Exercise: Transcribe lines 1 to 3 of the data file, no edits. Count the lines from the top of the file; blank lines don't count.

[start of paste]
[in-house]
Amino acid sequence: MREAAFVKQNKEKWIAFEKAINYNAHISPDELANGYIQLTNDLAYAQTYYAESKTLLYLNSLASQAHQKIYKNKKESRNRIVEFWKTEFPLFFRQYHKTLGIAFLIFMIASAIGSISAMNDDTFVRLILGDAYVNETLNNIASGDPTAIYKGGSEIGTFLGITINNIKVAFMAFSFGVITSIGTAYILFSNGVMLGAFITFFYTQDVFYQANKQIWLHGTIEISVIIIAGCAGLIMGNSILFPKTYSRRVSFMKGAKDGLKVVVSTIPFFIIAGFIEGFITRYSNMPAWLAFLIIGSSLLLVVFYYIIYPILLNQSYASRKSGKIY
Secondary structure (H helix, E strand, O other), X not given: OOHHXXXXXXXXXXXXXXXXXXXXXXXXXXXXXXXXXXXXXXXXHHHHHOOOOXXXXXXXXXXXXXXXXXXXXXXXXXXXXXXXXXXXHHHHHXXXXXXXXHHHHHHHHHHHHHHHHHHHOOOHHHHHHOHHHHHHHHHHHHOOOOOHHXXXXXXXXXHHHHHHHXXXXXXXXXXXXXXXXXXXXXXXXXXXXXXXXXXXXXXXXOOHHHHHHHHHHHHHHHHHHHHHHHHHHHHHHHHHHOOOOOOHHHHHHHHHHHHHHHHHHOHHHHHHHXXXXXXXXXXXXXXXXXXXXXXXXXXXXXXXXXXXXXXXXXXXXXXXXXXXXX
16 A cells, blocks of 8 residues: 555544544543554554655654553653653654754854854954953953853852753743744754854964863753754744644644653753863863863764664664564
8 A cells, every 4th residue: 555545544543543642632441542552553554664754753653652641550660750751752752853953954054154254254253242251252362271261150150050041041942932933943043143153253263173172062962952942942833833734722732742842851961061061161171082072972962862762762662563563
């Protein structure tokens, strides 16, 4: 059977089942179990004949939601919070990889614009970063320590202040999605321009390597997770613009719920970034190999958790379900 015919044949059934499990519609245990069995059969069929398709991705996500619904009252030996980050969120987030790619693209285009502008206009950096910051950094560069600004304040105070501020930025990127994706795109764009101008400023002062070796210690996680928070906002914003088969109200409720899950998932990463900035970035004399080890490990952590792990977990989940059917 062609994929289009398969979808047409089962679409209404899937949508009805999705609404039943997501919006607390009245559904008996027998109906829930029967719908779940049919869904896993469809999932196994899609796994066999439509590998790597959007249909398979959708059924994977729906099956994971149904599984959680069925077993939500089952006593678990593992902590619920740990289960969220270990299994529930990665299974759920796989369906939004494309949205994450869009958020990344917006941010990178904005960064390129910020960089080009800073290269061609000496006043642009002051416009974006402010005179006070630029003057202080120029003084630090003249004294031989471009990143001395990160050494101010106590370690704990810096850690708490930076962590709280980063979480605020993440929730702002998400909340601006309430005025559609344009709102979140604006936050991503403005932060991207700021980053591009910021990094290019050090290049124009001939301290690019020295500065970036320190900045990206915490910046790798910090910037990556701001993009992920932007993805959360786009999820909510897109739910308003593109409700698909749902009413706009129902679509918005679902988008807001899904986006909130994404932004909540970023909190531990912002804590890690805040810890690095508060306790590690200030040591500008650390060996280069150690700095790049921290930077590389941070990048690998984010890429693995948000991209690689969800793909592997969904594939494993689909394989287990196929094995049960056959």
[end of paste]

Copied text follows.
[in-house]
Amino acid sequence: MREAAFVKQNKEKWIAFEKAINYNAHISPDELANGYIQLTNDLAYAQTYYAESKTLLYLNSLASQAHQKIYKNKKESRNRIVEFWKTEFPLFFRQYHKTLGIAFLIFMIASAIGSISAMNDDTFVRLILGDAYVNETLNNIASGDPTAIYKGGSEIGTFLGITINNIKVAFMAFSFGVITSIGTAYILFSNGVMLGAFITFFYTQDVFYQANKQIWLHGTIEISVIIIAGCAGLIMGNSILFPKTYSRRVSFMKGAKDGLKVVVSTIPFFIIAGFIEGFITRYSNMPAWLAFLIIGSSLLLVVFYYIIYPILLNQSYASRKSGKIY
Secondary structure (H helix, E strand, O other), X not given: OOHHXXXXXXXXXXXXXXXXXXXXXXXXXXXXXXXXXXXXXXXXHHHHHOOOOXXXXXXXXXXXXXXXXXXXXXXXXXXXXXXXXXXXHHHHHXXXXXXXXHHHHHHHHHHHHHHHHHHHOOOHHHHHHOHHHHHHHHHHHHOOOOOHHXXXXXXXXXHHHHHHHXXXXXXXXXXXXXXXXXXXXXXXXXXXXXXXXXXXXXXXXOOHHHHHHHHHHHHHHHHHHHHHHHHHHHHHHHHHHOOOOOOHHHHHHHHHHHHHHHHHHOHHHHHHHXXXXXXXXXXXXXXXXXXXXXXXXXXXXXXXXXXXXXXXXXXXXXXXXXXXXX